As businesses find growth opportunities and economic pressure to expand into markets outside a single state or region, they face challenges related to state tax compliance. Businesses with an expanded market need to be aware that creating an expanded footprint in multiple states can lead to additional tax registration and filing requirements. There are 50 state taxing schemes, with many more local taxing jurisdictions, that can create overwhelming compliance requirements for businesses with multi-state geographical markets. One tax type that is commonly overlooked by businesses operating in multiple jurisdictions is tangible personal property tax.
Tangible personal property tax is a state, or local, level tax assessed on business property held within a jurisdiction. Items such as furniture, machinery, equipment, IT related devices, and inventory may be subject to this tax. Businesses that own, or lease property located within a state that imposes tangible personal property tax, may very well be liable for this additional tax.
Remote employees and contractors are becoming much more prominent as many businesses are seeking alternatives to traditional work environments in light of the pandemic. Be advised, equipment issued to employees or contractors, required to perform job functions remotely, may be subject to tangible property tax, e.g., cell phones, computers and peripheral equipment such as cameras, scanners, and printers.
In our experience, many businesses overlook tangible property tax requirements and do not realize that issuing employees, or contractors, items such as laptops or cell phones can create exposure for this type of tax. There are currently 42 states that impose some type of tangible personal property tax on business assets. While furniture, machinery and equipment are typically always subject to this tax, items of inventory are taxable in some states but exempt in other states. It is important to review these requirements on a state-by-state basis.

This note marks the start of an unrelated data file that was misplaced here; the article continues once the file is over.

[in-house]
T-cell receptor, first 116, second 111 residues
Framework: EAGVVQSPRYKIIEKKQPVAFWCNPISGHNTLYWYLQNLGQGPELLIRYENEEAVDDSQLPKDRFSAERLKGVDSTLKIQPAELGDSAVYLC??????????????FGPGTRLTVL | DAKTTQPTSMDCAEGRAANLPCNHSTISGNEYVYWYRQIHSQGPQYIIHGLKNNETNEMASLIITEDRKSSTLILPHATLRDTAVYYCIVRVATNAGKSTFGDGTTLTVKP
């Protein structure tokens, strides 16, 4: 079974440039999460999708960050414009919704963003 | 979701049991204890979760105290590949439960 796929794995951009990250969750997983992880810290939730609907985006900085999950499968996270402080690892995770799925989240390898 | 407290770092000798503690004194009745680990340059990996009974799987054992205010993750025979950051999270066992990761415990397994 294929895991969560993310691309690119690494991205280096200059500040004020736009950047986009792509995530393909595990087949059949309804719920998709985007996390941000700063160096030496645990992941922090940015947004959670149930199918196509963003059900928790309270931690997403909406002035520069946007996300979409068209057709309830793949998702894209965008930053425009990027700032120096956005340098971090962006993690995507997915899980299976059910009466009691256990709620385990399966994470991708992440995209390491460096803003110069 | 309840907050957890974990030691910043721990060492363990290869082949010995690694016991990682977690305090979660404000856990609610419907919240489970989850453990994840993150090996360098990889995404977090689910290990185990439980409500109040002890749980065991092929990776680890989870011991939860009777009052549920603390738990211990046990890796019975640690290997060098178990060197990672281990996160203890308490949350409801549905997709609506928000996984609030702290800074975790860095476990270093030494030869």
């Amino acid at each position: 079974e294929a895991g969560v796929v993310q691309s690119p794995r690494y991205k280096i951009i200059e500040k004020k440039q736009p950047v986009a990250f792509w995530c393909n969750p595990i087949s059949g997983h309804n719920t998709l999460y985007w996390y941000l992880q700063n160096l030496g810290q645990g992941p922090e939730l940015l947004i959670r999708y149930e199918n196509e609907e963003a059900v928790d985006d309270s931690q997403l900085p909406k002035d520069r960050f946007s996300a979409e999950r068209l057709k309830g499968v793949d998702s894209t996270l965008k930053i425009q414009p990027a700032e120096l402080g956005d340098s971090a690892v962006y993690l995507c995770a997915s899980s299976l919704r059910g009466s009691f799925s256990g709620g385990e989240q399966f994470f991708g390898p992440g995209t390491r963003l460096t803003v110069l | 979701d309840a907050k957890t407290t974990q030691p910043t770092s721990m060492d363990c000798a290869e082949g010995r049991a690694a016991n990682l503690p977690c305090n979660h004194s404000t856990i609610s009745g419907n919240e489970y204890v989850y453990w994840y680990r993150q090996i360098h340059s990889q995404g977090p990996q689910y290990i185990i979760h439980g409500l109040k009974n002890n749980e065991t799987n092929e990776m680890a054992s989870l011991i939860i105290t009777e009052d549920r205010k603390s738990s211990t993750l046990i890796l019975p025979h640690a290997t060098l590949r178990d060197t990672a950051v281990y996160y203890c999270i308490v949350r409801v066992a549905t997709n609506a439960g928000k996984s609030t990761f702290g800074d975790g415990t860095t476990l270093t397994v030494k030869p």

Failure to comply with tangible personal property tax reporting requirements can result in penalty and interest assessments. Penalty and interest rates vary from state-to-state ranging upward to 25% of the taxes due. While some businesses take the position that complying with this requirement is not vital until the time in which a tax notice for non-compliance is received, in our experience it is much more advantageous to voluntarily fulfill these requirements before penalties and interest are assessed. Traditionally state tax auditors will subject a business to a seven-year examination period in cases of non-compliance, with more aggressive states looking back as far as ten years. The potential tax, interest and penalty exposure over a seven to ten year period can be detrimental to the financial position of many businesses.
Contact EFPR Group for more information on tangible personal property tax and the various state tax requirements, and how to stay abreast of other state tax obligations.
The materials contained herein are intended for educational and informational purposes only and do not constitute tax or legal advice. Readers are responsible for obtaining such advice from their tax and legal counsel.